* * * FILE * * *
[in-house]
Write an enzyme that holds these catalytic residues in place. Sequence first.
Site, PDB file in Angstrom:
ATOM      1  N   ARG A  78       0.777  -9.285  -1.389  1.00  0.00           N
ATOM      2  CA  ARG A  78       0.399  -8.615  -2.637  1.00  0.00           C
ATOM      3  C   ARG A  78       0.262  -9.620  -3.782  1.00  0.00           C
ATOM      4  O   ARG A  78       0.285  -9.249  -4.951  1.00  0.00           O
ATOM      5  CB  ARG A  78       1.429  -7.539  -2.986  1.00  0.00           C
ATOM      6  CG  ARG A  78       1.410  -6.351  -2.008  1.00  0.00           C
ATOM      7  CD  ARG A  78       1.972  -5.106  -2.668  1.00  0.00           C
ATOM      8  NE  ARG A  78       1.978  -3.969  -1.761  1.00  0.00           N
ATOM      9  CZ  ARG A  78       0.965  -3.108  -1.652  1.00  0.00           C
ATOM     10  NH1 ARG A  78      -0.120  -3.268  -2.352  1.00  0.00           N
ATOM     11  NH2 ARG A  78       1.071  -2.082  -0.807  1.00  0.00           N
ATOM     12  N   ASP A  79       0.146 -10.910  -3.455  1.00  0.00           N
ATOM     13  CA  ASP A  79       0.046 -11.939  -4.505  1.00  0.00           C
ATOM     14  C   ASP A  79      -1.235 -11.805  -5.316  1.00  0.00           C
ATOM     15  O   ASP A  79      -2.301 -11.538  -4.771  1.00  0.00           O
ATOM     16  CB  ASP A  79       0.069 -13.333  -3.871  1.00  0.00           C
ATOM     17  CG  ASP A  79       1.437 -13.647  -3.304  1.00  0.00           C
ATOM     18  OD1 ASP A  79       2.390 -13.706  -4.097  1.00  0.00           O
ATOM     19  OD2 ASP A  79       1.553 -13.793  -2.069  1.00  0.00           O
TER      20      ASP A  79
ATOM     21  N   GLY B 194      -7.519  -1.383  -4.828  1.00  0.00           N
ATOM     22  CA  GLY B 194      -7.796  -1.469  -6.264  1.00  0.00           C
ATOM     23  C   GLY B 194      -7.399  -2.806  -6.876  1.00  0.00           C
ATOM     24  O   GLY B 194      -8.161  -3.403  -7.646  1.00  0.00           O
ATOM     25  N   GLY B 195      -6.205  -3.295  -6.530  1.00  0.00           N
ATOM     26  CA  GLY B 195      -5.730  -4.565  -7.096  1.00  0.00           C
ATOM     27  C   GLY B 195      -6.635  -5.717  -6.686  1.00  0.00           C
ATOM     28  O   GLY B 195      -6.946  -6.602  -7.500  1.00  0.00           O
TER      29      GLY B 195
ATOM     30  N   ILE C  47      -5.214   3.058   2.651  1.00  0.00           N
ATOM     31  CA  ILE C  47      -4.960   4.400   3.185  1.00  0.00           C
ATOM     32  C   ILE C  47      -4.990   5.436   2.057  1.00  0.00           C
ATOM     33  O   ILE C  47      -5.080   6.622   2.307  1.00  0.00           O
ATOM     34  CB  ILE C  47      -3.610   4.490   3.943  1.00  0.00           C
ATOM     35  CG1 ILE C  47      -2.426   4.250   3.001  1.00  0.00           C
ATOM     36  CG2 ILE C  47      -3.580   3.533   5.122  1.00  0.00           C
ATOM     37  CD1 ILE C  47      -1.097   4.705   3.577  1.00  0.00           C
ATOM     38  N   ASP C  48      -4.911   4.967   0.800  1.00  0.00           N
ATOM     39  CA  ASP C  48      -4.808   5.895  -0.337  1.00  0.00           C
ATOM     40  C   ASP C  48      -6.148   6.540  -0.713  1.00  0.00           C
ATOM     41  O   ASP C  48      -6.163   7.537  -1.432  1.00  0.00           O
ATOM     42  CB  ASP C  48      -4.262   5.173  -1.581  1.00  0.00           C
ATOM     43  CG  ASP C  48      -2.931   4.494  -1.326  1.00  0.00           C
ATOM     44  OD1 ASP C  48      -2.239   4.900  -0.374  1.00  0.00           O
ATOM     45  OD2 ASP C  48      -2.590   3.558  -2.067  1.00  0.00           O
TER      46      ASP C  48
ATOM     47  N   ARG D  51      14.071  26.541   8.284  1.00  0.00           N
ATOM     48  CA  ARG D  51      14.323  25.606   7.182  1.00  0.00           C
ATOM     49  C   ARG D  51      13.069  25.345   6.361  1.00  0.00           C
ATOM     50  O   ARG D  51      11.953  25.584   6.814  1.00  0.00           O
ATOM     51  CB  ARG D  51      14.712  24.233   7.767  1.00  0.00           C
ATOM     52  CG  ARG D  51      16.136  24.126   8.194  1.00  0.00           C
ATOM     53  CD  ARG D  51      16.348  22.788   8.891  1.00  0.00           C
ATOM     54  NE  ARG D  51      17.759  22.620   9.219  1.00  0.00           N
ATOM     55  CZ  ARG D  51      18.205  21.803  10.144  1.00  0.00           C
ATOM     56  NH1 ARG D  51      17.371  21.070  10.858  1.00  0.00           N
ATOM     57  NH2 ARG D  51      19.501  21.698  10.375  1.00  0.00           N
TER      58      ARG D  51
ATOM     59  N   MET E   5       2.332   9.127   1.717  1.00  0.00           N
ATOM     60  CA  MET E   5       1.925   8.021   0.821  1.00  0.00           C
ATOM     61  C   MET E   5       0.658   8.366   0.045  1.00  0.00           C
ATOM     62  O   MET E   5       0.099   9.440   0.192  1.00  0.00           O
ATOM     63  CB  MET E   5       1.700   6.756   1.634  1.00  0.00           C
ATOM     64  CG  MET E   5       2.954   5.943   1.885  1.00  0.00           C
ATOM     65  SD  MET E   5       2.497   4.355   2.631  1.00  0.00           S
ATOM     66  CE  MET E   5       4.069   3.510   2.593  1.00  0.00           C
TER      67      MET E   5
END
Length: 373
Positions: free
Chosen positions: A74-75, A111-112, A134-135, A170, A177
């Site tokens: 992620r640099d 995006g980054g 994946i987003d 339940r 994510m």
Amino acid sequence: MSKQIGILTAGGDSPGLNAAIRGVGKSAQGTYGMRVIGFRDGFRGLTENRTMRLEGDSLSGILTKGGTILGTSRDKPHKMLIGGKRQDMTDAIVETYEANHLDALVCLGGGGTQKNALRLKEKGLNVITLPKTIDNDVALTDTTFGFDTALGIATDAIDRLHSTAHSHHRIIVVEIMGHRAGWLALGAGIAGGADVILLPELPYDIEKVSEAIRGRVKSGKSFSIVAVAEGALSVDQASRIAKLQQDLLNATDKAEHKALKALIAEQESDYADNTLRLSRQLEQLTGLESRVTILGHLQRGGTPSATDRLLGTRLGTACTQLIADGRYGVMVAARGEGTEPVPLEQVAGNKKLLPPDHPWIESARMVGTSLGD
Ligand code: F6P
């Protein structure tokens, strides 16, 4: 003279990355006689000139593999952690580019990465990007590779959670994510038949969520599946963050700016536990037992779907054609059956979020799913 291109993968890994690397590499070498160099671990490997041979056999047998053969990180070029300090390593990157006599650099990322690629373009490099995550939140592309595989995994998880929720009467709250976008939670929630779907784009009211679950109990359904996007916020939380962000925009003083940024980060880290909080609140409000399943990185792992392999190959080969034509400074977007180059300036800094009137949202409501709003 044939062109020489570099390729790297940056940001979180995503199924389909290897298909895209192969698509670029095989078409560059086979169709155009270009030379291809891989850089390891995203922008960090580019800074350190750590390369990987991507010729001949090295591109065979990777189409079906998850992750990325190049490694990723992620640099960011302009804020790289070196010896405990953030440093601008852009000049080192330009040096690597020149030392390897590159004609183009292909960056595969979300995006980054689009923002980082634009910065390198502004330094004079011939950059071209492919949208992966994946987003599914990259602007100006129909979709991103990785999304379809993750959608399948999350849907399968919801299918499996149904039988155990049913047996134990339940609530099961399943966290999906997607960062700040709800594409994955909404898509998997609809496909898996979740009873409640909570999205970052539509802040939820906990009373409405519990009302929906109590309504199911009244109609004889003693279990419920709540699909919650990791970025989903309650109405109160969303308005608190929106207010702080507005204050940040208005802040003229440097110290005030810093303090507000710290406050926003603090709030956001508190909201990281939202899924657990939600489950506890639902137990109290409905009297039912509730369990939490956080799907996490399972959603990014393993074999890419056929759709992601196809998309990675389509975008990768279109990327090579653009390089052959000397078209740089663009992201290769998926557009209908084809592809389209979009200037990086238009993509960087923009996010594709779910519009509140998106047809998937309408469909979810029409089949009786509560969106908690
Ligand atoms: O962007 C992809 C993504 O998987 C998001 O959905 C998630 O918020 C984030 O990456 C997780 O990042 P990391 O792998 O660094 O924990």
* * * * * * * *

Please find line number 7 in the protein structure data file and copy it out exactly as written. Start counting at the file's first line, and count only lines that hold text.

ATOM      4  O   ARG A  78       0.285  -9.249  -4.951  1.00  0.00           O